BrickPi interfaces for Python and Scratch
BrickPi is a package that provides access to the BrickPi Raspberry Pi extension board. The BrickPi extension board is a microprocessor board that allows the Raspberry Pi to communicate with LEGO Mindstorms motors and sensors. The package provides Python and Scratch interfaces to the BrickPi.
The Scratch interface is via a BrickPiScratch class that inherits from GenericDevice, where GenericDevice is a plugin base class in the RpiScratchIO package.
RpiScratchIO configuration file
The Scratch interface uses scratchpy via RpiScratchIO. Sensors should be added by declaring them in the configuration file:
[DeviceTypes] LEGO = import BrickPi; from BrickPi.BrickPiScratch import BrickPiScratch; BrickPiScratch() [DeviceConnections] LEGO = UART0 [BrickPi] S1 = ULTRASONIC_CONT MA = MB =
In this example, one ultrasonic sensor and two motors are attached to the BrickPi. Motors can be added to the MC or MD ports by declaring them in the same manner. Sensors can be added by assigning the senors names to the sensor ports (S1 to S4). The available sensor names are:
TOUCH ULTRASONIC_CONT ULTRASONIC_SS RCX_LIGHT COLOR_FULL COLOR_RED COLOR_GREEN COLOR_BLUE COLOR_NONE I2C I2C_9V
When instantiated, the BrickPiScratch class starts a separate thread to update values between the BrickPi and the Raspberry Pi at a rate of 10Hz. Values can then be read from the Raspberry Pi on demand or within the data acquisition loop. To configure the automatic readout to Scratch during the data acquisition loop, the readout period can be stated in the configuration file:
LEGO = import BrickPi; from BrickPi.BrickPiScratch import BrickPiScratch; BrickPiScratch(5)
where this line should replace the constructor line in the previous example and the number 5 is the readout period. This means that the sensor or motor encoder values will be updated in Scratch once for every five readout loops. Since the readout loop runs at 10Hz, this implies that the sensors in Scratch are updated at a rate of 2Hz. For a simple Scratch program running on the Raspberry Pi, a 2Hz update rate is the maximum that Scratch can process without a delay.
Sensors or motor encoders can be added to the automatic readout loop by using the channel number (explained later) or “s” (for all sensors) or “m” (for all motor encoders) or “all” (for both sensors and motor encoders). The period and sensors can also be added from Scratch by using the config broadcast command (explained later). To prevent the automatic update of sensors or motor encoders when Scratch starts, set the readout period to 0:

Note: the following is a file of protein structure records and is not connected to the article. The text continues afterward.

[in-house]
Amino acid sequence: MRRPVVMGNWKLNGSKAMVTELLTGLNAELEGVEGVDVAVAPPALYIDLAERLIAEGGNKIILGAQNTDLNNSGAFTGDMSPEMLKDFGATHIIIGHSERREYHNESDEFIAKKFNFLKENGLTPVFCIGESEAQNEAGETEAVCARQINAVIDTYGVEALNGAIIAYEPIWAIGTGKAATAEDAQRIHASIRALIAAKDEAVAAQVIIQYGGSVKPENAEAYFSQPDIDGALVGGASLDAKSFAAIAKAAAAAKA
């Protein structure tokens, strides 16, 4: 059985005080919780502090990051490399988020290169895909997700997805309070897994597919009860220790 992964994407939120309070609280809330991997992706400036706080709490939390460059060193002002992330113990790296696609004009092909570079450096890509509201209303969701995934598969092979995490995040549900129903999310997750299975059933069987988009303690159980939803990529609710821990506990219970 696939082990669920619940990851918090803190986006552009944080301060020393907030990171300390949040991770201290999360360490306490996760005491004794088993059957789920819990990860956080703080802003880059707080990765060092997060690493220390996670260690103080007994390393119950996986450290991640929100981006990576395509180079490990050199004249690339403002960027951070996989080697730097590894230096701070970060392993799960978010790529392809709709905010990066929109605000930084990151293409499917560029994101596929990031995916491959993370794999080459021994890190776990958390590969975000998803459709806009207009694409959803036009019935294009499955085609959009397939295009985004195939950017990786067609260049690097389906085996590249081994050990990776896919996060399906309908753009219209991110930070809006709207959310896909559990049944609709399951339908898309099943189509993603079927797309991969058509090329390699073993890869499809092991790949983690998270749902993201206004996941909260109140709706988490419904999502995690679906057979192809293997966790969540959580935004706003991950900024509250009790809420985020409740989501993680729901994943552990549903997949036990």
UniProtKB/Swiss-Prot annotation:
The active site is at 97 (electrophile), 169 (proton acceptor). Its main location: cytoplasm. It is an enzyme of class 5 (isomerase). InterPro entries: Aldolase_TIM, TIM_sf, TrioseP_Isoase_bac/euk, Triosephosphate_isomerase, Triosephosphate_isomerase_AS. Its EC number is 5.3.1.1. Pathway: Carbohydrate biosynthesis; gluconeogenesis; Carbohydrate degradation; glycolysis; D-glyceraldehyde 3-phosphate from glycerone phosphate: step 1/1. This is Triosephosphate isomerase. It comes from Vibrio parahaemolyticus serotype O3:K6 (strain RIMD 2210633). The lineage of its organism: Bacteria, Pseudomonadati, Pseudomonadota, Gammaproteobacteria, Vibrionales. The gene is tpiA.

LEGO = import BrickPi; from BrickPi.BrickPiScratch import BrickPiScratch; BrickPiScratch(0,"S")
where the active sensor channels have all been added in this case too.
Access from Scratch
Start Scratch from the command line or the menu. Then enable the remote sensor connections by right clicking on the sensor value text, which can be found under the Sensing tool palette. A dialog box should appear to say that the remote sensor connections have been enabled. At this point, Scratch becomes a server. Do not run more than one Scratch window on the same machine, otherwise only the first one will be accessible from the Python API. When Scratch has been started, type:
where configFile.cfg should be replaced with the name of the configuration file that was created in the previous step. If the name of the configuration file is omitted, then RpiScratchIO will try to use RpiScratchIO.cfg instead.
When RpiScratchIO starts, it loads the BrickPiScratch Python class. This updates Scratch with several new sensors. Using the example configuration files given above, the variables are:
LEGO:0 LEGO:1 LEGO:2 LEGO:3 LEGO:10 LEGO:11 LEGO:12 LEGO:13 LEGO:20 LEGO:21 LEGO:22 LEGO:23
where these correspond to the sensor ports S1-S4 (0-3), motor ports MA-MD (10-13) and motor encoder ports MA-MD (20-23). The motor channels (10-13) contain the value that was written to the motors. Values can be read into the sensor values on demand by sending a Scratch broadcast message of the form:
where 0 is the channel number (S1 in this case). The value will then appear in the corresponding sensor approximately 0.2s later.
Values can be written to the motors by sending a Scratch broadcast request of the form:
where 10 is the channel number (MA in this case) and 200 is the motor speed value.
Scratch can be used to enable the automatic updating of enabled sensor values by broadcasting:
where the list of channels or wild card options (s for all sensors, m for all motor encoders or a list of channels separated by spaces), should follow update. The rate of the update can be set from Scratch by broadcasting:
where 5 implies 2Hz and 10 implies 1Hz etc.. To disable the automatic readout, the period should be set to 0.